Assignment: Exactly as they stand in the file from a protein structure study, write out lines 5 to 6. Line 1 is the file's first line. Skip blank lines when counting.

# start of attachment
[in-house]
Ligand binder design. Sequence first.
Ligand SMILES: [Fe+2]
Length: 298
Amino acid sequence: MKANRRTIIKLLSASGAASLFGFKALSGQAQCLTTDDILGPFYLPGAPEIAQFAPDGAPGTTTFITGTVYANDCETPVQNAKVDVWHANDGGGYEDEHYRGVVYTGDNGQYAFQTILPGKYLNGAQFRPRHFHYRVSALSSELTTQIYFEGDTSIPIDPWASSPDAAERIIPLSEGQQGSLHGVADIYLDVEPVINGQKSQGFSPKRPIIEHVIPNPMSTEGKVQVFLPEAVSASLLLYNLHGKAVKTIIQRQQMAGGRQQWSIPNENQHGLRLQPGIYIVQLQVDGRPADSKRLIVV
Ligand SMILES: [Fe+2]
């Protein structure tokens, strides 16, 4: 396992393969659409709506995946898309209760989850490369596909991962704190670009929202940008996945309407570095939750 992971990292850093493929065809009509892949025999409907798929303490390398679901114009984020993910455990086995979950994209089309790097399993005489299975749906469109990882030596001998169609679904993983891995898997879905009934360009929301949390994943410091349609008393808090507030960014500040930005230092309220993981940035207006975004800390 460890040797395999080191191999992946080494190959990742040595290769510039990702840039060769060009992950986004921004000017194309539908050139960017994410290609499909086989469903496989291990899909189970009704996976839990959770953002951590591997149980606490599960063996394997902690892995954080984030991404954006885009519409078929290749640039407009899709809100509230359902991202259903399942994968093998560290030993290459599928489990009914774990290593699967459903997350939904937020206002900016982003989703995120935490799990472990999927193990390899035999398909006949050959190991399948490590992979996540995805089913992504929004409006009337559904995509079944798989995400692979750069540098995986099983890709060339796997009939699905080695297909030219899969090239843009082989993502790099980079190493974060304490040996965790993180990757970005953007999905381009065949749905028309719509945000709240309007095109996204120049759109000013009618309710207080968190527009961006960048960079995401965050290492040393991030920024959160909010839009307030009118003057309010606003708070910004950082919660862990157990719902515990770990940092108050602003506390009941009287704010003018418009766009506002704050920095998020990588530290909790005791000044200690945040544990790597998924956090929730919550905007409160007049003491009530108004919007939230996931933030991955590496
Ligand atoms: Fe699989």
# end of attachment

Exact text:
Amino acid sequence: MKANRRTIIKLLSASGAASLFGFKALSGQAQCLTTDDILGPFYLPGAPEIAQFAPDGAPGTTTFITGTVYANDCETPVQNAKVDVWHANDGGGYEDEHYRGVVYTGDNGQYAFQTILPGKYLNGAQFRPRHFHYRVSALSSELTTQIYFEGDTSIPIDPWASSPDAAERIIPLSEGQQGSLHGVADIYLDVEPVINGQKSQGFSPKRPIIEHVIPNPMSTEGKVQVFLPEAVSASLLLYNLHGKAVKTIIQRQQMAGGRQQWSIPNENQHGLRLQPGIYIVQLQVDGRPADSKRLIVV
Ligand SMILES: [Fe+2]